accept there are differenes of opinion on it, and that your
view/interpretation seems to be the minority one.
> In science one could state that a key idea is *extreme* cleverness. That
> is, simple being clever on its own is not enough. It must be a rare
> attribute. All very clever people can not be geniuses, even *very*
> clever people.
Only if you buy that definition :) I think Websters has a much better
rate of good definitions FWIW.
> It must be a state that is *overwhelming* more then the
There are lots of those.
0.1% of the population is overwhelmingly smarter than average... 6
million such people.
And other percentages carry diferent numbers... I'm not sure there's a
real knee numerically, but there are some conceptual knees.
> Now if someone has an invention that is basically quite simple,
> such that *many* others, in the same situation would have essential came
> up with a similar invention, then this can hardly be described as
> extreme cleverness. Making 100 or 1000 or 10000 of such inventions does
> not change the situation, usefull as they may be.
One person inventiong 100+ and most inventing zero says something.
That alone puts them in a very small category... kind of like your
> Utility and genius are
> not correlated.
Again, we disagree. The genius will invent seriously useful items, the
less bright tend to invent silly things. And the genius will
understand what is useful ahead of others: so they will sometimes
invent things no-one can see any point to, until their great utility
is explained to them.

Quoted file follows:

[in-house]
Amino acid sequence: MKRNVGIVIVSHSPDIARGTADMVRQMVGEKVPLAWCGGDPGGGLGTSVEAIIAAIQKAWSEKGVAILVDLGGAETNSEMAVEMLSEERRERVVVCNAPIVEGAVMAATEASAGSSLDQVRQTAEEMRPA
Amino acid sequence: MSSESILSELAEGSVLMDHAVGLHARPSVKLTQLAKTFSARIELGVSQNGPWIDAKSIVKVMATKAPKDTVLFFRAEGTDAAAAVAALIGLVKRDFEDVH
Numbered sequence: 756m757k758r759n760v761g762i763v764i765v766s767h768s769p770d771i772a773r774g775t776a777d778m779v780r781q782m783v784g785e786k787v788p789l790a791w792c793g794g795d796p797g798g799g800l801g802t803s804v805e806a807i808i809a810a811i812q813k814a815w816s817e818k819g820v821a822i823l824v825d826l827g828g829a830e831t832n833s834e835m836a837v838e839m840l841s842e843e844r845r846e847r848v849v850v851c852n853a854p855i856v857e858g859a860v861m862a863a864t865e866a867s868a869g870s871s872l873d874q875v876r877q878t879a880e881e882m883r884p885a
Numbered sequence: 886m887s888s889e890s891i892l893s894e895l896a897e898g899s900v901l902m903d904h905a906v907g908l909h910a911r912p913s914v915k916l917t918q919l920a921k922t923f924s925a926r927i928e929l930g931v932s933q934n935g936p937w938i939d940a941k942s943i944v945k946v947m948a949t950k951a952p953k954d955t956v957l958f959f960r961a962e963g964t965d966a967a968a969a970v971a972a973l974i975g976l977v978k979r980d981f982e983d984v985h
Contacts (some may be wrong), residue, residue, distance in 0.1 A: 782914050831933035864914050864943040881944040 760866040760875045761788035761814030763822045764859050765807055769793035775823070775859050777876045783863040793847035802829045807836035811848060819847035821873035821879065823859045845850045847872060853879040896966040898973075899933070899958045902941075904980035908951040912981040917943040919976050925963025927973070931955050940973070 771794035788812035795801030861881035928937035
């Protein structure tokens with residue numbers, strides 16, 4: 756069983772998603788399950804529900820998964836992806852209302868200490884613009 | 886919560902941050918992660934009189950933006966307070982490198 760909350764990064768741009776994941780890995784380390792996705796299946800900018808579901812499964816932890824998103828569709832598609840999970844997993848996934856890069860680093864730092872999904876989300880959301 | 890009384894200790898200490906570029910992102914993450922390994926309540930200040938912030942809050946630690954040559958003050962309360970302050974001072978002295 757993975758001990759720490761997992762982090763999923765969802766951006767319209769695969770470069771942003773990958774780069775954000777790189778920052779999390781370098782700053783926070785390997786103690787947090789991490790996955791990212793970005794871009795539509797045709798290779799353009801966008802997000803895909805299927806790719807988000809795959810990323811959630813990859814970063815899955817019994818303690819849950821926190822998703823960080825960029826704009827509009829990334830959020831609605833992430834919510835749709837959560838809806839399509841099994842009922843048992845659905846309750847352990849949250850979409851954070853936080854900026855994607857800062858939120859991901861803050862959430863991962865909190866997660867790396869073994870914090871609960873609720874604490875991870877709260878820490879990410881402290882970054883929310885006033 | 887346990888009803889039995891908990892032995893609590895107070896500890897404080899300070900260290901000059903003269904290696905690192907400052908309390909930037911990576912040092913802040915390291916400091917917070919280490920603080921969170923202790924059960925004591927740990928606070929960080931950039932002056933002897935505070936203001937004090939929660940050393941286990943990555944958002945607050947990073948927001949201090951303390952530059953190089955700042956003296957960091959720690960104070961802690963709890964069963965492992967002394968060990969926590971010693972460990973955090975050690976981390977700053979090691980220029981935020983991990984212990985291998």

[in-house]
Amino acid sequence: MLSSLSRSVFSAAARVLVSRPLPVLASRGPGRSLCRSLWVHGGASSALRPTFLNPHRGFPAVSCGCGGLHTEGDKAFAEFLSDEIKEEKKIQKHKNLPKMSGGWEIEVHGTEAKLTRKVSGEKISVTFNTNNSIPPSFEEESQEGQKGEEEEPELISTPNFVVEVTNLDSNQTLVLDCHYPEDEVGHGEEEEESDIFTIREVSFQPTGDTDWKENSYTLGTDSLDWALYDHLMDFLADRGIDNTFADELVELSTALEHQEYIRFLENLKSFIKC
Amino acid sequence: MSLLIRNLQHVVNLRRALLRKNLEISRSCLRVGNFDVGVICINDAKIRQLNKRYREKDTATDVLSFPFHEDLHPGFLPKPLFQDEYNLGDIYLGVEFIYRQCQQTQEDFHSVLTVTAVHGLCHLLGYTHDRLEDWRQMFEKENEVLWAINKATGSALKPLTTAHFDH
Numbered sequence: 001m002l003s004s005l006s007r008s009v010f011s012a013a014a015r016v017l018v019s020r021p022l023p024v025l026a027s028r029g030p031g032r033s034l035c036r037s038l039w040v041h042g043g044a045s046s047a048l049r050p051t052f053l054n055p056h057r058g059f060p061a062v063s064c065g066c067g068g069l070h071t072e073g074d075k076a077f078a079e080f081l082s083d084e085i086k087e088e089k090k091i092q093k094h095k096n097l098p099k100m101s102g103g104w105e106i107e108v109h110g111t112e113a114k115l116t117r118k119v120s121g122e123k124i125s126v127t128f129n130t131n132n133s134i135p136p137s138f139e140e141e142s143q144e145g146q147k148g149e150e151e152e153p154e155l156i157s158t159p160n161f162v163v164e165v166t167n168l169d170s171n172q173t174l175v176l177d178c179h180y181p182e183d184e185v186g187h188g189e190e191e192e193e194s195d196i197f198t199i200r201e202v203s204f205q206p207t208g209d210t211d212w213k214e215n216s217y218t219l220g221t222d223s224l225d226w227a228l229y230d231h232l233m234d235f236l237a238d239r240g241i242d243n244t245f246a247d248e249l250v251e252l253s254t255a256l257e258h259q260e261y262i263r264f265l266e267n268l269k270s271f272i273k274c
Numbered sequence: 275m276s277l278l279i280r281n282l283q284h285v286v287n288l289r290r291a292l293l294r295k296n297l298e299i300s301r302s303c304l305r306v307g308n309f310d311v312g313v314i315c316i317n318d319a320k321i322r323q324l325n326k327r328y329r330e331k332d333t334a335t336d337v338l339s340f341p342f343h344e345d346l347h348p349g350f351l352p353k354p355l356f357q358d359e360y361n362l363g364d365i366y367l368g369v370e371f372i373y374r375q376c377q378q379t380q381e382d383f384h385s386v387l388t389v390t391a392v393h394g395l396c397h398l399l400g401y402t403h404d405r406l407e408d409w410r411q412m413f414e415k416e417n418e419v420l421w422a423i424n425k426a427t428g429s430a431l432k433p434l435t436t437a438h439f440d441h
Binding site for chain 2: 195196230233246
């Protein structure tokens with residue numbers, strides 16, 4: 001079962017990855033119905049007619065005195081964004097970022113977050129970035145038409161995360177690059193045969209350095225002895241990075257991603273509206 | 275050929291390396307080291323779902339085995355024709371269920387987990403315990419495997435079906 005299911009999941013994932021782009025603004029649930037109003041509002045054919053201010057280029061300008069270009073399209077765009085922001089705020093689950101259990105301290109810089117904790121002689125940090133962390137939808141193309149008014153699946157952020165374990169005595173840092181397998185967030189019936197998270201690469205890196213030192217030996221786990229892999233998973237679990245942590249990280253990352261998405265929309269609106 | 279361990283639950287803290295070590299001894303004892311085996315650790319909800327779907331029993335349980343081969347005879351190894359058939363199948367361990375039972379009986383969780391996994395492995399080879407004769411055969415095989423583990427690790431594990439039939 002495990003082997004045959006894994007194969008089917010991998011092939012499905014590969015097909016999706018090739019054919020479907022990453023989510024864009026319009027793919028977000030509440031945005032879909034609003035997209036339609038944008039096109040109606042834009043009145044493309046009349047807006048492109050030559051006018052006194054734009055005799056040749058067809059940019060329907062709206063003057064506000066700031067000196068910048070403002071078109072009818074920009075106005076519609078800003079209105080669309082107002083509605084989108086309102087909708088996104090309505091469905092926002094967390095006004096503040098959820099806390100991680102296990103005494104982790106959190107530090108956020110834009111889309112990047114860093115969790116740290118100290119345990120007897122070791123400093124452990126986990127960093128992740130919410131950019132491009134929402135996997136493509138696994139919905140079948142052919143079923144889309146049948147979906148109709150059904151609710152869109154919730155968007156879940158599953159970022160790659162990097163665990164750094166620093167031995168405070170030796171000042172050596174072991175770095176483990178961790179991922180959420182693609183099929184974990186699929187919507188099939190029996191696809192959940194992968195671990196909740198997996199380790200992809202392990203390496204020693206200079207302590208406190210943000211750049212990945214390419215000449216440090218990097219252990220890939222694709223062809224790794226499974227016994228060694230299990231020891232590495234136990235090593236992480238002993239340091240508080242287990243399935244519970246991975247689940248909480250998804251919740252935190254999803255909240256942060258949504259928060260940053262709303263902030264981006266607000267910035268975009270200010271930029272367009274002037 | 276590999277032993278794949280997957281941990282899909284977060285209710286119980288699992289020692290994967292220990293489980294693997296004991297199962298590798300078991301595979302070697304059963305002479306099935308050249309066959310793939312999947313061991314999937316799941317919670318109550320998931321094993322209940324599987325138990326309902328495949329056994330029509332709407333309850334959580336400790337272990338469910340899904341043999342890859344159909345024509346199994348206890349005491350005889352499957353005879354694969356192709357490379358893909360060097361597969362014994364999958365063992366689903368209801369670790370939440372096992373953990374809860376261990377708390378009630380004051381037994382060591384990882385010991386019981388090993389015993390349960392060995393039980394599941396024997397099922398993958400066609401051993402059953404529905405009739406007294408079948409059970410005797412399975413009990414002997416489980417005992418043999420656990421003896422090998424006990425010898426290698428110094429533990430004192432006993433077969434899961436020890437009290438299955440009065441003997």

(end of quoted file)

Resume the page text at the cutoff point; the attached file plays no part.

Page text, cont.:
> So, being very clever is not enough to be called a genius. Most
> inventors are simple not geniuses, despite being very clever, no matter
> how many inventions they make.
Most so-called inventors aren't even inventors. They come up with
crappy product ideas, or fanciful schemes that don't work. Nothing new
successful and significant about those ideas. An invention is a
Inventors are simple?
> For me genius is actually more mundane. Its systematic hard work.
I know a whole bunch of builders and road workers who are genii then
And if you mean just mentally, I know a whole bunch of mentally
challenged people who find every day pretty hard work on their
thinking cells. Are they genii too?
Are all hard working students genii?
> example, arguable the dude that solved Fermats last theorem is a genius.
> 1000's of people for over 300 years all tried, and failed. This guy
> showed a *rare* and great ability that *no* one else, in the *same*
> circumstances, could achieve. The *only* reason why any competent design
> engineer nowadays can not invent a diff pair, or invent stereo, is
> because someone else beat them to such simple tasks such as this
I dont buy that that's simple. Inventions dont come from random
circuit connections, they come from conceptual development. An
invention can be simple in appearance, yet be derived via challenging
concepts, or concepts no-one else came up with, because the concepts
behind those concepts were challenging.
Now in principle novel ccts could be generated by a computer program
producing random ccts and testing them: but it would have to
comprehend utility, or be evaluated by a whole army of insightful
experts. So expertise is still involved, even in what _appears_ to be